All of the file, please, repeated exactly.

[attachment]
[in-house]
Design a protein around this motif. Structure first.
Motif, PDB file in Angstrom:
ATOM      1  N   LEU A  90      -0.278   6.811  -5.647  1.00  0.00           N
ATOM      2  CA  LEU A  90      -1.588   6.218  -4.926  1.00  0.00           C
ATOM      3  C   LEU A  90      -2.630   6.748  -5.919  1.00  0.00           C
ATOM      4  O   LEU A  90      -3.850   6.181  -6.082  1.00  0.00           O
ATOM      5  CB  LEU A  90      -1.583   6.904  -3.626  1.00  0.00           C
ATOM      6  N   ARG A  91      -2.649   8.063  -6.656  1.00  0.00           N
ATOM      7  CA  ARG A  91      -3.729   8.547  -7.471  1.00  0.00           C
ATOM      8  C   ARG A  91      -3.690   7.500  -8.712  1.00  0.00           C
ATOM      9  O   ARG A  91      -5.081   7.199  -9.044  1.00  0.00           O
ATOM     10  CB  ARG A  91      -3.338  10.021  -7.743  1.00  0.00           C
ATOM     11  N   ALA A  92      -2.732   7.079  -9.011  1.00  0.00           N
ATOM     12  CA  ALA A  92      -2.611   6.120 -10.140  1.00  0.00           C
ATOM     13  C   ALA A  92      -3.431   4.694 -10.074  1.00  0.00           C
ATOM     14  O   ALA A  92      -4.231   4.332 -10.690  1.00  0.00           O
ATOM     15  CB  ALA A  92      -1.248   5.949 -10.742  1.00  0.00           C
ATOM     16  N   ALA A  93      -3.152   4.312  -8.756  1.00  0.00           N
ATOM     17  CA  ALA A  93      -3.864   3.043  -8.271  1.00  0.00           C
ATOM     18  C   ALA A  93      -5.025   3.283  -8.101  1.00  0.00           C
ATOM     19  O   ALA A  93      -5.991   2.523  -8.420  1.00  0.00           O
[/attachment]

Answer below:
[in-house]
Design a protein around this motif. Structure first.
Motif, PDB file in Angstrom:
ATOM      1  N   LEU A  90      -0.278   6.811  -5.647  1.00  0.00           N
ATOM      2  CA  LEU A  90      -1.588   6.218  -4.926  1.00  0.00           C
ATOM      3  C   LEU A  90      -2.630   6.748  -5.919  1.00  0.00           C
ATOM      4  O   LEU A  90      -3.850   6.181  -6.082  1.00  0.00           O
ATOM      5  CB  LEU A  90      -1.583   6.904  -3.626  1.00  0.00           C
ATOM      6  N   ARG A  91      -2.649   8.063  -6.656  1.00  0.00           N
ATOM      7  CA  ARG A  91      -3.729   8.547  -7.471  1.00  0.00           C
ATOM      8  C   ARG A  91      -3.690   7.500  -8.712  1.00  0.00           C
ATOM      9  O   ARG A  91      -5.081   7.199  -9.044  1.00  0.00           O
ATOM     10  CB  ARG A  91      -3.338  10.021  -7.743  1.00  0.00           C
ATOM     11  N   ALA A  92      -2.732   7.079  -9.011  1.00  0.00           N
ATOM     12  CA  ALA A  92      -2.611   6.120 -10.140  1.00  0.00           C
ATOM     13  C   ALA A  92      -3.431   4.694 -10.074  1.00  0.00           C
ATOM     14  O   ALA A  92      -4.231   4.332 -10.690  1.00  0.00           O
ATOM     15  CB  ALA A  92      -1.248   5.949 -10.742  1.00  0.00           C
ATOM     16  N   ALA A  93      -3.152   4.312  -8.756  1.00  0.00           N
ATOM     17  CA  ALA A  93      -3.864   3.043  -8.271  1.00  0.00           C
ATOM     18  C   ALA A  93      -5.025   3.283  -8.101  1.00  0.00           C
ATOM     19  O   ALA A  93      -5.991   2.523  -8.420  1.00  0.00           O